Doctoral Dissertations

Date of Award


Degree Type


Degree Name

Doctor of Philosophy



Major Professor

Brian K. Long

Committee Members

Mark Dadmun, Ampofo Darko, Joseph Bozell


Over the past few decades, interest in the design and synthesis of tailorable polymeric materials has grown due to the well documented correlation between structure, property, and function. However, in order to obtain polymers with desired microstructures, well controlled synthetic methods are needed. Therefore, the continued investigation of homogeneous, single-site polymerization catalysts is important to gain a deeper understanding of how systematic modifications of polymerization conditions, ligand scaffold, metal center identity, cocatalyst or activator identity, etc. affect the catalytic activity, selectivity, and/or polymer topology obtained when using these catalysts for the polymerization of a variety of monomers. This dissertation will describe a portion of the advances and insights contributed by the Long Research Group towards furthering the fundamental understanding of catalyst structure for the polymerization of α-olefins and cyclic esters.

First our work within the field of redox-switchable catalysis (RSC) will be examined. RSC enables catalytic activity and/or selectivity to be oscillated based upon the oxidation-state of the ligand or active metal center. Unfortunately, though myriad redox-switchable catalysts have been developed for the ring-opening polymerization of cyclic esters, further fundamental structure-catalytic performance studies are needed to better ascertain how systematic changes in ligand structure impact catalytic activity and redox-switchability. Herein, we describe our studies designed to determine how the number of ligand-based redox-active moieties impact catalytic performance. More specifically, we compare symmetric catalysts bearing tetradentate [ONNO] ligands with two redox-active moieties to related asymmetric catalysts bearing tridentate [ONN] ligands featuring only a single redox-active moiety for the polymerization of L-lactide (L-LA). The results of these studies reveal that the number of redox-active moieties may not play a crucial role in the catalysts’ switchability; however, the choice of metal center may dramatically influence catalyst activity, stability, and redox-switchability. Furthermore, we examine how ligand connectivity and conjugation affects catalytic activity, selectivity, and redox-switchability by comparing catalysts bearing salen-type ligands with two redox-active moieties to salan-type ligands with two redox-active moieties for the polymerization of L-LA and ε-caprolactone (CL). The results of these studies reveal that ligand connectivity and conjugation may both play a role in catalyst activity, selectivity, and redox-switchability.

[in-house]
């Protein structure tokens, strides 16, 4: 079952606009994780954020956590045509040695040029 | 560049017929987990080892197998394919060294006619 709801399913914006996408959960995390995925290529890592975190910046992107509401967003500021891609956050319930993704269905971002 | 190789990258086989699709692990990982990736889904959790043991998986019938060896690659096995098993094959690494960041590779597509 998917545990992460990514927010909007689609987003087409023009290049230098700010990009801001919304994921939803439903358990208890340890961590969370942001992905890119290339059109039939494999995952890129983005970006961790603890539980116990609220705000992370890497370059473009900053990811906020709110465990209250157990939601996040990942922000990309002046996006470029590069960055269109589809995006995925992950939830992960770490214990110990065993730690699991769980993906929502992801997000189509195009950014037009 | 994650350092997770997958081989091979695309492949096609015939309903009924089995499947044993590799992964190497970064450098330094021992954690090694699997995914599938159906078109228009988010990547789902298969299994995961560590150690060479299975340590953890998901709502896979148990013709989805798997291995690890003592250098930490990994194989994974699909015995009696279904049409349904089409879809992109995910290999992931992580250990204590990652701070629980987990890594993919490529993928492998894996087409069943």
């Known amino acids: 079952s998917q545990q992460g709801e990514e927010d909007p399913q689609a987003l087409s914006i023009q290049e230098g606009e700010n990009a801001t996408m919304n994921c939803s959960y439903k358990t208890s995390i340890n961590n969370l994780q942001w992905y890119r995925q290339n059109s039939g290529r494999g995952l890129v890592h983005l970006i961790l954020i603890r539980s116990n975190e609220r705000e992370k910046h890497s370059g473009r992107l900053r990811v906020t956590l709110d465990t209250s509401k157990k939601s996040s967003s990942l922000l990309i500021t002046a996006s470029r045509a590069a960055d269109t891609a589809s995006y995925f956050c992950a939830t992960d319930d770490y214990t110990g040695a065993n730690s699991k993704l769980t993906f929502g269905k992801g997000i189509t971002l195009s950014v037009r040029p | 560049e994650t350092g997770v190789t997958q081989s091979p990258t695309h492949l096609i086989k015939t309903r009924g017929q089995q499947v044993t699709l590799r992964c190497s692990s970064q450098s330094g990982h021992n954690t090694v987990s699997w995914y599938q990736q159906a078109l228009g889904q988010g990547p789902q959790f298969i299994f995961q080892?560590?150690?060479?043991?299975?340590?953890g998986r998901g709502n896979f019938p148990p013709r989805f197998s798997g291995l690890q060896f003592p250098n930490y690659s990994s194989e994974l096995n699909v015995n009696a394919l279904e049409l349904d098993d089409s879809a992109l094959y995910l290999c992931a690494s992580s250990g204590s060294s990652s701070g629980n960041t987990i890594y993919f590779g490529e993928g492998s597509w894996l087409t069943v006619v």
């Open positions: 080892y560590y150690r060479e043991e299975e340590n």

Additionally, the ability to control the branching density of polyethylene (PE) has been of great interest within the field of olefin polymerization catalysis as a means by which polymer properties may be modulated. One method by which PE branching density may be control is through modulation of the catalysts via the inclusion of electron-withdrawing (EW) or electron-donating (ED) substituents to the ligand scaffold. However, while myriad of Pd- and Ni- centered α-diimine catalysts have been studied, a few key fundamental studies are still absent from the literature including a comprehensive examination of Ni-based α-diimine catalysts, as well as an examination of how placement of the substituent on the backbone versus placement on the N-aryl moieties affect polymer topology. Additionally, no method currently exists by which the polymer topology may be predicted based on an intrinsic characteristic of the catalyst-ligand combination without needing to perform exhaustive polymerization studies. Herein, we use a joint experimental and computational approach to demonstrate how placement of EW or ED substituents on the acenaphthene backbone, N-aryl moieties, or both the acenaphthene backbone and N-aryl moieties of Ni-based α-diimine catalyst affects PE branching density as compared the analogous unsubstituted catalyst. More specifically, we will show that inclusion of EW substituents results in decreased PE branching density, whereas inclusion of ED substituents results in little to no change in PE branching density. We will also show that as the placement and identity of the ligand substituents are varied, so too is the catalysts’ reduction potential and this relationship can be used to generate a calibration curve from which PE branching density may be predicted for other substituted Ni-based α-diimine catalysts without the need for extensive polymerization studies.

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